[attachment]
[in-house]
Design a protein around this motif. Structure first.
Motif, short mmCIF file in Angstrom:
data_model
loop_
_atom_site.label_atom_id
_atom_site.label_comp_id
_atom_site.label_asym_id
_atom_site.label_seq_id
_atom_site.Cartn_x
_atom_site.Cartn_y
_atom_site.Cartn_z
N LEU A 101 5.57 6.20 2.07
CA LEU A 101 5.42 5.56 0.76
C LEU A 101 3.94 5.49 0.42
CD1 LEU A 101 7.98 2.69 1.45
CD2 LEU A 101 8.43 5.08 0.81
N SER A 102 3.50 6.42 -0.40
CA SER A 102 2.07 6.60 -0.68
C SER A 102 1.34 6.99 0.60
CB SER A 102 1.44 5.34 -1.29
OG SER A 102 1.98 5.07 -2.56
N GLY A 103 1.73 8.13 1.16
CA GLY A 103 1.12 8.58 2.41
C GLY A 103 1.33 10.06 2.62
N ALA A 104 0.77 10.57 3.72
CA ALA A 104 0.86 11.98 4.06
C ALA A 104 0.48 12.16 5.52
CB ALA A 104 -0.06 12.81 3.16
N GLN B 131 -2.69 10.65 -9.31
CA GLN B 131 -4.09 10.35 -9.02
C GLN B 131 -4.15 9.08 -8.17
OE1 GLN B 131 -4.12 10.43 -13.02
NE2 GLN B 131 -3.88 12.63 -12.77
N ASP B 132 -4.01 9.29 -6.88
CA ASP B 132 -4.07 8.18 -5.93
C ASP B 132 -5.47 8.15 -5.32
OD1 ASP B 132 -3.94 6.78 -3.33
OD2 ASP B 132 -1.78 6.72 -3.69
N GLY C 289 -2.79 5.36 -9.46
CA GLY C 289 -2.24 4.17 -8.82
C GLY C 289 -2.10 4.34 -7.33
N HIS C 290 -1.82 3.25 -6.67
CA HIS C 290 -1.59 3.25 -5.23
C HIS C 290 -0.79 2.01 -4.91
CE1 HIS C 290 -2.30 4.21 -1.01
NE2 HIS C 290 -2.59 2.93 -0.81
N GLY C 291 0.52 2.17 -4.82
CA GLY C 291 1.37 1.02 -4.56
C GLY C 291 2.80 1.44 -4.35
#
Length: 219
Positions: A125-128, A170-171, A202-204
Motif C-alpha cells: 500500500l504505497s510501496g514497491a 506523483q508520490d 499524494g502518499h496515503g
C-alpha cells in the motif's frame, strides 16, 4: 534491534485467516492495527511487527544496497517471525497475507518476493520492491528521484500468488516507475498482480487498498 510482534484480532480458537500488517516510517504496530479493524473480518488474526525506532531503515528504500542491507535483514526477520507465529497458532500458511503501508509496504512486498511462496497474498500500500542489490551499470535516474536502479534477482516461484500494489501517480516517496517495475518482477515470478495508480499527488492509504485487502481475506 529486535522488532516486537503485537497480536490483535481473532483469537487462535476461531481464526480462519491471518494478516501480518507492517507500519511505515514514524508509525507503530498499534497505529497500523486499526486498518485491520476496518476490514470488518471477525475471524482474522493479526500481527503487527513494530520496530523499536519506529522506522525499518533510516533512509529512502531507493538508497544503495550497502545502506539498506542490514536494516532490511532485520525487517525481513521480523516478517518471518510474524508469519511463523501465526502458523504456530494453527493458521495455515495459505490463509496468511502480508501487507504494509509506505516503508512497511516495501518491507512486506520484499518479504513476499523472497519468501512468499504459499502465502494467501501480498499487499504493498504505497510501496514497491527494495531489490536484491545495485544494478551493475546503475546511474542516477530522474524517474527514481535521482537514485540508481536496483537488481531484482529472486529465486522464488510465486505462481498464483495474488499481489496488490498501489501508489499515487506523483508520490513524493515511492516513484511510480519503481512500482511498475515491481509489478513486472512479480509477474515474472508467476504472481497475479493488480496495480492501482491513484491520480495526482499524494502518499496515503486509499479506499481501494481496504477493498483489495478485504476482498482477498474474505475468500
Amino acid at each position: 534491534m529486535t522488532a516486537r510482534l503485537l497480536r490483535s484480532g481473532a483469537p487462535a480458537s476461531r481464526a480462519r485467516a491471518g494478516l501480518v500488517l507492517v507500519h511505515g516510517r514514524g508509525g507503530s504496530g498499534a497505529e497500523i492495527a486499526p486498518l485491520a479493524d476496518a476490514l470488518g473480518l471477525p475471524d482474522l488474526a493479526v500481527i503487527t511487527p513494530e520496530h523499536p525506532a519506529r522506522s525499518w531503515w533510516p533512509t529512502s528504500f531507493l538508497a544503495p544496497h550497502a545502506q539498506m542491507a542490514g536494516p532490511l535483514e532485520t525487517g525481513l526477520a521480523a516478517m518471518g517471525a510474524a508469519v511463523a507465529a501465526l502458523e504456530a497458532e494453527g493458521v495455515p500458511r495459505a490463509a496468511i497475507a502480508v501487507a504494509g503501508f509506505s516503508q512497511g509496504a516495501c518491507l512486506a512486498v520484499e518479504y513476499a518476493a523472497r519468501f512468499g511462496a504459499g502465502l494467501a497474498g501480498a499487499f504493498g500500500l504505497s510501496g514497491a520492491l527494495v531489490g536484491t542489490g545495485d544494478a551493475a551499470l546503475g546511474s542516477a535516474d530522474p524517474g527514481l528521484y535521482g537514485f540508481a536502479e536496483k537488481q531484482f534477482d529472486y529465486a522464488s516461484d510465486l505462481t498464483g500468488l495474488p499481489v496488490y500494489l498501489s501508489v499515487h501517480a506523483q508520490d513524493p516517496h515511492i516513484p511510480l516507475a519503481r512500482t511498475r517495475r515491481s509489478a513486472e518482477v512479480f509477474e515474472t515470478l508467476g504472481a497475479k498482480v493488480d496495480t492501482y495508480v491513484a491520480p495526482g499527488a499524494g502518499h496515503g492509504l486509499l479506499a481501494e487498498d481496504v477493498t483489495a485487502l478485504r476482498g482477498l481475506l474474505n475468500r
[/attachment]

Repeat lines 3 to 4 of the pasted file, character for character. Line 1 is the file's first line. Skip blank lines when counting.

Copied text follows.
Motif, short mmCIF file in Angstrom:
data_model